The article discusses nutrition for newborns. Breast milk is the healthiest diet for a newborn as it has an adequate amount of nutrients and prevent the newborn from various diseases. Breastfeeding also helps mothers in the form of maternal weight loss, a decrease in the risk of several cancers...

  • Personalised iron supply for prophylaxis and treatment of pregnant women as a way to ensure normal iron levels in their breast milk. Marin, G. H.; Mestorino, N.; Errecalde, J.; Huber, B.; Uriarte, A.; Orchuela, J. // Journal of Medicine & Life;Jan-Mar2012, Vol. 5 Issue 1, p29 

    Rationale: Because the characteristics of all body fluids depends on patient's health status, is it possible that disadvantaged and socially vulnerable mothers may have lower amounts of iron in their breast milk, and that their babies receive lower content of the mineral for their normal growth...

  • EMZÄ°RME DÖNEMÄ°NDEKÄ° KADINLARIN GÄ°YSÄ° SORUNLARININ ARAÅžTIRILMASI. ÜNAL, Zümrüt BAHADIR // Journal of Textile & Apparel / Tekstil ve Konfeksiyon;2009, Vol. 19 Issue 4, p323 

    Maternal milk is the healthiest way for feeding babies. Every healthy mother wants to feed her baby with maternal milk instead of commercial milk. Benefit of this can not be discussed for both parties. However some mothers want to return to their working life after few months. Even sometimes...

  • Back to the Breast.  // Time;7/19/1968, Vol. 92 Issue 3, p59 

    The article focuses on the assistance for women regarding breastfeeding provided by the Chicago, Illinois-based La Leche League International. It mentions that surplus milk is volunteered by La Leche members to babies allergic to cow's milk and milk of their mothers. It also states that La Leche...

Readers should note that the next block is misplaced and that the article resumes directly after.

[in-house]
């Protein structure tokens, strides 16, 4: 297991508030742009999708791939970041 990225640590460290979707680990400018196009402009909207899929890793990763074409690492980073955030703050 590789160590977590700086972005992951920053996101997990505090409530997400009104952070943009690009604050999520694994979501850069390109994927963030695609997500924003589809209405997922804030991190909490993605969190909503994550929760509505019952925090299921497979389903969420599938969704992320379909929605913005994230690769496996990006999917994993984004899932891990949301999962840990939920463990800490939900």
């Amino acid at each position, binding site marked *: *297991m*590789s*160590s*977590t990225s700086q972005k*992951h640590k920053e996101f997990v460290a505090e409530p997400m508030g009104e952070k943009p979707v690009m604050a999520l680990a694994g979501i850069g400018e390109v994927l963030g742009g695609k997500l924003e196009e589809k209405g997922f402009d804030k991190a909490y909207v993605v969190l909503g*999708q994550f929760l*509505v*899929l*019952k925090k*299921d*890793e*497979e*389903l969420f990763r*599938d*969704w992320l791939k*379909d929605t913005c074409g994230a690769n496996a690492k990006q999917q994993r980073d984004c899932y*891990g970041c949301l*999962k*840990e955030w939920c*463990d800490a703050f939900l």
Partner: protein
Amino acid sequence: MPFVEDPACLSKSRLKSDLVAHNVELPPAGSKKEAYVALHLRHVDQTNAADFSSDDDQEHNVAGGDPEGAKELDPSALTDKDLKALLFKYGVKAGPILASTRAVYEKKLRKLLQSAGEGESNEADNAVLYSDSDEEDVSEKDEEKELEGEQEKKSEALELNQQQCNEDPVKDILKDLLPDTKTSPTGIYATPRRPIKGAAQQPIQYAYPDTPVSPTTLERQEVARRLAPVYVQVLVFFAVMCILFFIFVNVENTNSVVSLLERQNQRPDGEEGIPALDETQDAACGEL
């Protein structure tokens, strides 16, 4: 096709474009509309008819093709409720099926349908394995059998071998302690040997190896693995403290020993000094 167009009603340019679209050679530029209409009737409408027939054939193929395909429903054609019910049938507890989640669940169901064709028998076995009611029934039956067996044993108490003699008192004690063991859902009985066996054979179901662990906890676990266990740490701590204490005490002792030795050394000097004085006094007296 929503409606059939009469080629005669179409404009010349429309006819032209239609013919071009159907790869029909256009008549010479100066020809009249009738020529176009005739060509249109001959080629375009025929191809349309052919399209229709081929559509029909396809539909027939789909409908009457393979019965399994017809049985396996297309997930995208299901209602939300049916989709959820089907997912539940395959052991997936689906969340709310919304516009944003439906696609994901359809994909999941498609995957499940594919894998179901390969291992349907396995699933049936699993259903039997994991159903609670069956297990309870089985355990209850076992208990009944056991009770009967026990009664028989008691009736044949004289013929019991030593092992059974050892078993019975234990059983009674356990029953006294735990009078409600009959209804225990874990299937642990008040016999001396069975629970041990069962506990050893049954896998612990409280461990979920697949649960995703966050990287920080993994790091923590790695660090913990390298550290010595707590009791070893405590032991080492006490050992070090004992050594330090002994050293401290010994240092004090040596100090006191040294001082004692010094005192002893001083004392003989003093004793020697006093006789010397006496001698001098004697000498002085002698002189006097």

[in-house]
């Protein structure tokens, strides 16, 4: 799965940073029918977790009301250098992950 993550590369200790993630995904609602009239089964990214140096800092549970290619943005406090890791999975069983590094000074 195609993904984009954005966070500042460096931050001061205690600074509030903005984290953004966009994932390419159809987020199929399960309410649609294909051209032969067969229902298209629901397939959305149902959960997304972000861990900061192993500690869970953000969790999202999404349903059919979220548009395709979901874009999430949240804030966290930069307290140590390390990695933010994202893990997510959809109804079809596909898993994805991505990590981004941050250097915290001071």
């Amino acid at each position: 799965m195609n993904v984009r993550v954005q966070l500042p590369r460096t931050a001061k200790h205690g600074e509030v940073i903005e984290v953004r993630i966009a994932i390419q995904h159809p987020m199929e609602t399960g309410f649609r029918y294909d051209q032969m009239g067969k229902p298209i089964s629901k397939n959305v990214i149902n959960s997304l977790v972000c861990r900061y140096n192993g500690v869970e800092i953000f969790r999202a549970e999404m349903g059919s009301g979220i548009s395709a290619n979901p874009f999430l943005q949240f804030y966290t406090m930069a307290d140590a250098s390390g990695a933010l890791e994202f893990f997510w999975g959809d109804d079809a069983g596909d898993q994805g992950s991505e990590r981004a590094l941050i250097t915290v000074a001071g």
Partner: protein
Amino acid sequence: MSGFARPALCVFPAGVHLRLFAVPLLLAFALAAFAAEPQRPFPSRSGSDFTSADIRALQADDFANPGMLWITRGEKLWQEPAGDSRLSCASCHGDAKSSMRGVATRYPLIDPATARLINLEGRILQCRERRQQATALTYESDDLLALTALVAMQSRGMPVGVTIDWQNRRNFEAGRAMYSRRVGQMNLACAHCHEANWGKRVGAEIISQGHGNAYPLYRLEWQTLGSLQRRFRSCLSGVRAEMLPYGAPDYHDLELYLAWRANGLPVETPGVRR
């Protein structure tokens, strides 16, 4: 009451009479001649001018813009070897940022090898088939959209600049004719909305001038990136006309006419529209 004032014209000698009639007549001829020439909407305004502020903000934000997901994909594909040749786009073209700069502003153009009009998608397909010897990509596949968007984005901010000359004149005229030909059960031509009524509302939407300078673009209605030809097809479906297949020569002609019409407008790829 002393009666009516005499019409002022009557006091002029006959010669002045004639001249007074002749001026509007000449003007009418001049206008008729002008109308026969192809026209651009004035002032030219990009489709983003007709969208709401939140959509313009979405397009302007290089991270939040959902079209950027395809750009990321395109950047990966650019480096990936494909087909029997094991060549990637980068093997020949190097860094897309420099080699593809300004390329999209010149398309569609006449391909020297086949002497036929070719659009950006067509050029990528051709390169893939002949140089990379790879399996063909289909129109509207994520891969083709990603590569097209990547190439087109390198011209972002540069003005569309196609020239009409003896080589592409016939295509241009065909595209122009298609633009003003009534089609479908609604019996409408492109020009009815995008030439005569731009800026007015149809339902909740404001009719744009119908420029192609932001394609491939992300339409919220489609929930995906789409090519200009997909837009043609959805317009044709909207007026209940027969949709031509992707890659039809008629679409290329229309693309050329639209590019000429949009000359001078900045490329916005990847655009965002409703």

• Prenatal breastfeeding intervention program to increase breastfeeding duration among low income women. Hatamleh, Wajed // Health (1949-4998);Mar2012, Vol. 4 Issue 3, p143 

    Extensive research confirms the nutritional, economic, biomedical, immunological, and psychological advantages of breast milk. Despite the clear benefits of breastfeeding to mother and infant, breastfeeding rates today continue to remain below the recommended levels in the United States, most...

  • working without weaning. Sears, William; Sears, Martha // Baby Talk;Dec2005, Vol. 70 Issue 10, p88 

    The article offers tips to mothers to make breastfeeding and working easier at the same time. The first thing to do is to realize that adjusting to the new demands of working and pumping breast milk is about handling oneself. Prioritize taking care of oneself. Eat well, get enough sleep and have...

  • Does Ramadan fasting influence breastmilk? Gunduz, Suzan; Usak, Esma; Karacan, Candemir // HealthMed;2013, Vol. 7 Issue 3, p837 

    Objective: Ramadan is the holiest month of Islam and muslims fast during this month, however, pregnant and nursing women are not obliged to fast. They can postpone this religious duty to a further time. Despite this flexibility a great number of nursing and pregnant women fast. The aim of this...

  • Behind the headlines: Do labour drugs reduce breastfeeding? Moberly, Tom // GP: General Practitioner;9/11/2009, p20 

    The article focuses on a study conducted by researcher Sue Jordan and colleagues regarding the impact of clotting agents and painkillers on women's health. The study found that women's ability to breastfeed their babies may be reduced by painkillers. According to the study, to support women at...


Read the Article


Sorry, but this item is not currently available from your library.

Try another library?
Sign out of this library

Other Topics